Lander, WY to Dubois, WY
Total Miles: 4392
I slept so good last night and not just because I had been cycling my ass off on only 4ish hours of sleep the previous two day. The park we camped at had the softest, most fluffy grass ever and it almost felt like a real bed along with my sleeping pad and I’d also pitched my tent right next to this little stream so it was like I had a live sleep sound machine to lull me off to dream land. But let’s be honest, it was mostly the drunken sleep deficit I had built up 🙂 I woke up at 5:00, got my stuff packed up, ate some pop tarts for breakfast and we hit the road. It was another beautiful morning for riding, a little too cool for my liking but the sun slowly peaking over the horizon soon banished the last bit of the night chill and the forecasted winds for the day hadn’t picked up yet, so it was pleasantly calm.
Ever since leaving Pueblo I’ve been absolutely spoiled for scenery and today was no different. The first 15 miles or so was through a relatively flat valley surrounded my huge snow tipped mountains. Even though I knew today was going to be a lot of climbing I was still lulled into complacency by the ease of those first few miles, right up until the valley ended and this big, bad beast of a hill had the nerve to set itself in our path. Is having nothing but downhills really so much to ask for while in the mountains?! When we got a bit closer I heard Gene say that this was going to be the biggest climb of the day. Not the last one, the whole route today trended upwards, nor the steepest as I would later find out but the largest single gain in elevation. Hmmmm. Challenge accepted. I broke away from the group and headed towards this fucker at full speed! I kept imagining it like it was some sweet bike jump, that I’d get to the base and just rocket ship over the other side and execute a perfect landing in the city of Dubois 60 miles away. Only in your dreams, James. In reality my burst of speed took me maybe 30 feet up the hill after which I was forced to slog up this beast using only brute force and determination. Once I reached the top I waited for Sebastian who wasn’t too far behind me, I guess he was trying to rocket ship it to Dubois as well, and continued the daily grind.
The next 30 miles took us through the aptly named Wind River Indian Reservation. The terrain was about what I expected for the day, some stupidly steep climbs followed by some decent downhills repeat ad infinitum and, of course, lots of wind. If you’ve been reading this from the beginning then you know the first leg of my journey from Virginia to Florida I struggled with a lot of headwinds. I seem to remember having like 5 days straight battling 15+ MPH headwinds along a particularly nasty stretch of the Florida coastline. This, thankfully was nothing compared with that. Sebastian and I took turns riding in front every few miles while the other drafted behind and we were able to sustain about a 13MPH average for the day. We popped into a convenience store in the town of Crowheart (We were still on the reservation if you couldn’t tell from the name of the town) to get some snacks and take a much needed break. 45 miles, nonstop, with lots of wind and climbing and I was feeling pretty damn good. It’s amazing how much my body has adapted to the torture I’ve been putting it through. 2 months ago the thought of doing that would have killed me but now I’m just like, meh, jus another day. Hooray for my holiday ham sized thunder thighs!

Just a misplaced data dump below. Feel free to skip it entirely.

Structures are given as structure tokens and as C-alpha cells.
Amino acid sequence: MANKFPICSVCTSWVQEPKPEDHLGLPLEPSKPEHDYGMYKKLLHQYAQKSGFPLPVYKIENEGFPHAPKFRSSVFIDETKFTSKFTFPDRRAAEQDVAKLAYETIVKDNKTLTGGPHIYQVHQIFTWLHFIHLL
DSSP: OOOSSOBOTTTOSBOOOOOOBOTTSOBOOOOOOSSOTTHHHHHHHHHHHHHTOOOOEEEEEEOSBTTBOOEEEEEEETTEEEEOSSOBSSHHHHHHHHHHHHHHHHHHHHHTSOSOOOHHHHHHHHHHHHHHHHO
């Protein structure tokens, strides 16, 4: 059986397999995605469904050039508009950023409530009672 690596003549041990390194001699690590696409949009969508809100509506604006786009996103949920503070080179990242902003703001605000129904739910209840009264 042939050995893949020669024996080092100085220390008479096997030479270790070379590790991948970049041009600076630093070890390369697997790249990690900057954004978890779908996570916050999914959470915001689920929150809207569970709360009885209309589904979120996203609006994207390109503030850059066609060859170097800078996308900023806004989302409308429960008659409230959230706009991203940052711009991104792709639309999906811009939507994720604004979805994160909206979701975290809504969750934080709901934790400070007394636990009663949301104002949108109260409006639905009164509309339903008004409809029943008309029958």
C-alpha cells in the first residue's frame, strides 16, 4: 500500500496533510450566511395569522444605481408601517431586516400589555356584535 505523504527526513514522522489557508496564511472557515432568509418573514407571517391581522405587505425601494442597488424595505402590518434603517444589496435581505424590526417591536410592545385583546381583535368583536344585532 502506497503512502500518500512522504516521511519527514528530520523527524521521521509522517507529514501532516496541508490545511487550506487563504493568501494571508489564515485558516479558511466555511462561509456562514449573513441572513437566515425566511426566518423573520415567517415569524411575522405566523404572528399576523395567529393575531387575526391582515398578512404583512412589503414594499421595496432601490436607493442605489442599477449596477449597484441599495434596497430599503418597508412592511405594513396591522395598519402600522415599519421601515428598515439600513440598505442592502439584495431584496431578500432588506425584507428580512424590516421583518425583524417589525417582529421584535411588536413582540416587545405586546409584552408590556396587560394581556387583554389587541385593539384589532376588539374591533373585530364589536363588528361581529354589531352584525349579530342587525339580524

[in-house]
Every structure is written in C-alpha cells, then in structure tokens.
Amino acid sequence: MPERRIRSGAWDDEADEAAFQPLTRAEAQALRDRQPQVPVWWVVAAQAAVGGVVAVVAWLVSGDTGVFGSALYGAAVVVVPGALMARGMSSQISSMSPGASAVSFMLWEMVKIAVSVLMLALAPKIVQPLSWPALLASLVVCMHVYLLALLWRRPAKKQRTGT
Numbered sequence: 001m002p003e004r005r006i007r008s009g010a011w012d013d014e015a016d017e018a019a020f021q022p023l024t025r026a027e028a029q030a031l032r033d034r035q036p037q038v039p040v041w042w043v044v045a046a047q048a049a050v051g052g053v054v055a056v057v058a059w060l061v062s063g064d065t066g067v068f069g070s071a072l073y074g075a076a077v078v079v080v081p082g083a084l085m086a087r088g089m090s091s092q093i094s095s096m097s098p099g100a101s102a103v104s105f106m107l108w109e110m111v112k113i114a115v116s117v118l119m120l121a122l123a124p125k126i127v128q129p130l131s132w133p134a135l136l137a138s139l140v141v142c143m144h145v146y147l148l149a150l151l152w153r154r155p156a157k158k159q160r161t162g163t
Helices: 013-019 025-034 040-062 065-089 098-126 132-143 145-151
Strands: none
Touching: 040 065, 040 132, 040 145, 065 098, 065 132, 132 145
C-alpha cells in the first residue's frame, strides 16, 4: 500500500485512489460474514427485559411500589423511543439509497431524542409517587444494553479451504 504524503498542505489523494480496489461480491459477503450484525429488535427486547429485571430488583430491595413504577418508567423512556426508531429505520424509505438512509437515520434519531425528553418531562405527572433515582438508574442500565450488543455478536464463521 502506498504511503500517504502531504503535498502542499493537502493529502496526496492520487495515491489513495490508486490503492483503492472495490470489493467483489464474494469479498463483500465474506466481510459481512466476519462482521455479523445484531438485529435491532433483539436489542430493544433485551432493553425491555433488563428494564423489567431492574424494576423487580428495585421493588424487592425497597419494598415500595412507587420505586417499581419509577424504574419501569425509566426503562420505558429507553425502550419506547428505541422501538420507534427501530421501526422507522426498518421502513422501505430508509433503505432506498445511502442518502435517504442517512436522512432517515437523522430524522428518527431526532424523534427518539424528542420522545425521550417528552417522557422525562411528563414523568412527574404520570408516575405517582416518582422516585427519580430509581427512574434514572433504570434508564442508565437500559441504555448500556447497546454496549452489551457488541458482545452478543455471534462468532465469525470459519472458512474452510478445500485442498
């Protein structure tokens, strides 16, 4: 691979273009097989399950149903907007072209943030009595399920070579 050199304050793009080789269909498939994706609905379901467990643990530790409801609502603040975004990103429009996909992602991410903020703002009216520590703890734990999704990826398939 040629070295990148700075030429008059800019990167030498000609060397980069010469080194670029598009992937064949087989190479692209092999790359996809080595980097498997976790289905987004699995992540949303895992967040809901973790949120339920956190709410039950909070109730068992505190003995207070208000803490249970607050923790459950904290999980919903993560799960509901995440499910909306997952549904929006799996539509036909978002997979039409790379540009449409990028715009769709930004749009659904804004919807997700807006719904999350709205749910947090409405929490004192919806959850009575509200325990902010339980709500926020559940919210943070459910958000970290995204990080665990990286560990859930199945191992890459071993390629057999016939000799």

The last 30 miles had us riding through a canyon carved in the rocks by the Wind River. It was magical. I’ve never been to the Grand Canyon but I imagine it looks like this but on a much, uhh, grander scale. Giant cliff faces layered with a dozen shades of red, gold and green. I couldn’t really appreciate the scale of these things until we were riding right underneath of them, and, like gazing up at the night sky, they really made you feel small and insignificant. These massive natural structures, persisting over hundreds of thousands of years, shifting so slowly you’d need to live a thousand lifetimes to notice it, and yet, they’re just a tiny footnote in the long history of the Earth. It would have been nice to camp right there next to the river surrounded by them, but, fuck that. There’s like a billion rattlesnakes out there. I don’t do snakes.
We got to town right at 12:00 and hit the first bar we could find for a couple of ice cold beers and to wait for the rest of the guys to show up. Today was really tough and I’m so tired but god damn does it feel good. Tomorrow we tackle Togwotee Pass, a real bitch of a climb, first thing in the morning. Yay… Stay tuned for the next edition of James and his Bike!
Too Drunk; Didn’t Read (TD;DR)
-James doesn’t get drunk
-James jumps his bike 60 miles and executes a perfect landing
-Actually, no, he doesn’t
-Headwinds and the Hearts of Crows
-Mind bogglingly beautiful cliffs and sneks